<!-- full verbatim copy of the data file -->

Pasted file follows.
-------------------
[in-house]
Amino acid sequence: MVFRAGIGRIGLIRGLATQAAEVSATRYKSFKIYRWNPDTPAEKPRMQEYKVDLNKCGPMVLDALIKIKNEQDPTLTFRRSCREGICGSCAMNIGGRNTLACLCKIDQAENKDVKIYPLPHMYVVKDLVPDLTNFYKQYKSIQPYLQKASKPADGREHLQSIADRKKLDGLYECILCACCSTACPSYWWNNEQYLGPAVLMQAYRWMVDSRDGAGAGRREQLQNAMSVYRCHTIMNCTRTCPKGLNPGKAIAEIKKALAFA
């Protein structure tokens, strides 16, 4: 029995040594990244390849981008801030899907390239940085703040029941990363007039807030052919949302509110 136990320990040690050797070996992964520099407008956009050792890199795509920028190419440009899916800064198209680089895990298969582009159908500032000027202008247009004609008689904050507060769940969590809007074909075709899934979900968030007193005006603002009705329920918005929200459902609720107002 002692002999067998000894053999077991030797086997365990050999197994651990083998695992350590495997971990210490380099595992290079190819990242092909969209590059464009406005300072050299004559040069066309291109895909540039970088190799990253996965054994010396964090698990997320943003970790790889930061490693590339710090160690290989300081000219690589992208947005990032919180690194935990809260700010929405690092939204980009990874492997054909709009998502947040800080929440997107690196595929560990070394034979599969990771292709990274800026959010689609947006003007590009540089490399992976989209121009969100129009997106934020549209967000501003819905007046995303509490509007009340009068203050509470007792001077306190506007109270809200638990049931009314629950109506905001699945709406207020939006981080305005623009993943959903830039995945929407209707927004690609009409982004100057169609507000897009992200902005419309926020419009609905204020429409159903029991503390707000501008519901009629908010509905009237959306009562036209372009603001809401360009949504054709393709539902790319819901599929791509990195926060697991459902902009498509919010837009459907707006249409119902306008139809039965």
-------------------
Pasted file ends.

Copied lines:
[in-house]
Amino acid sequence: MVFRAGIGRIGLIRGLATQAAEVSATRYKSFKIYRWNPDTPAEKPRMQEYKVDLNKCGPMVLDALIKIKNEQDPTLTFRRSCREGICGSCAMNIGGRNTLACLCKIDQAENKDVKIYPLPHMYVVKDLVPDLTNFYKQYKSIQPYLQKASKPADGREHLQSIADRKKLDGLYECILCACCSTACPSYWWNNEQYLGPAVLMQAYRWMVDSRDGAGAGRREQLQNAMSVYRCHTIMNCTRTCPKGLNPGKAIAEIKKALAFA
């Protein structure tokens, strides 16, 4: 029995040594990244390849981008801030899907390239940085703040029941990363007039807030052919949302509110 136990320990040690050797070996992964520099407008956009050792890199795509920028190419440009899916800064198209680089895990298969582009159908500032000027202008247009004609008689904050507060769940969590809007074909075709899934979900968030007193005006603002009705329920918005929200459902609720107002 002692002999067998000894053999077991030797086997365990050999197994651990083998695992350590495997971990210490380099595992290079190819990242092909969209590059464009406005300072050299004559040069066309291109895909540039970088190799990253996965054994010396964090698990997320943003970790790889930061490693590339710090160690290989300081000219690589992208947005990032919180690194935990809260700010929405690092939204980009990874492997054909709009998502947040800080929440997107690196595929560990070394034979599969990771292709990274800026959010689609947006003007590009540089490399992976989209121009969100129009997106934020549209967000501003819905007046995303509490509007009340009068203050509470007792001077306190506007109270809200638990049931009314629950109506905001699945709406207020939006981080305005623009993943959903830039995945929407209707927004690609009409982004100057169609507000897009992200902005419309926020419009609905204020429409159903029991503390707000501008519901009629908010509905009237959306009562036209372009603001809401360009949504054709393709539902790319819901599929791509990195926060697991459902902009498509919010837009459907707006249409119902306008139809039965």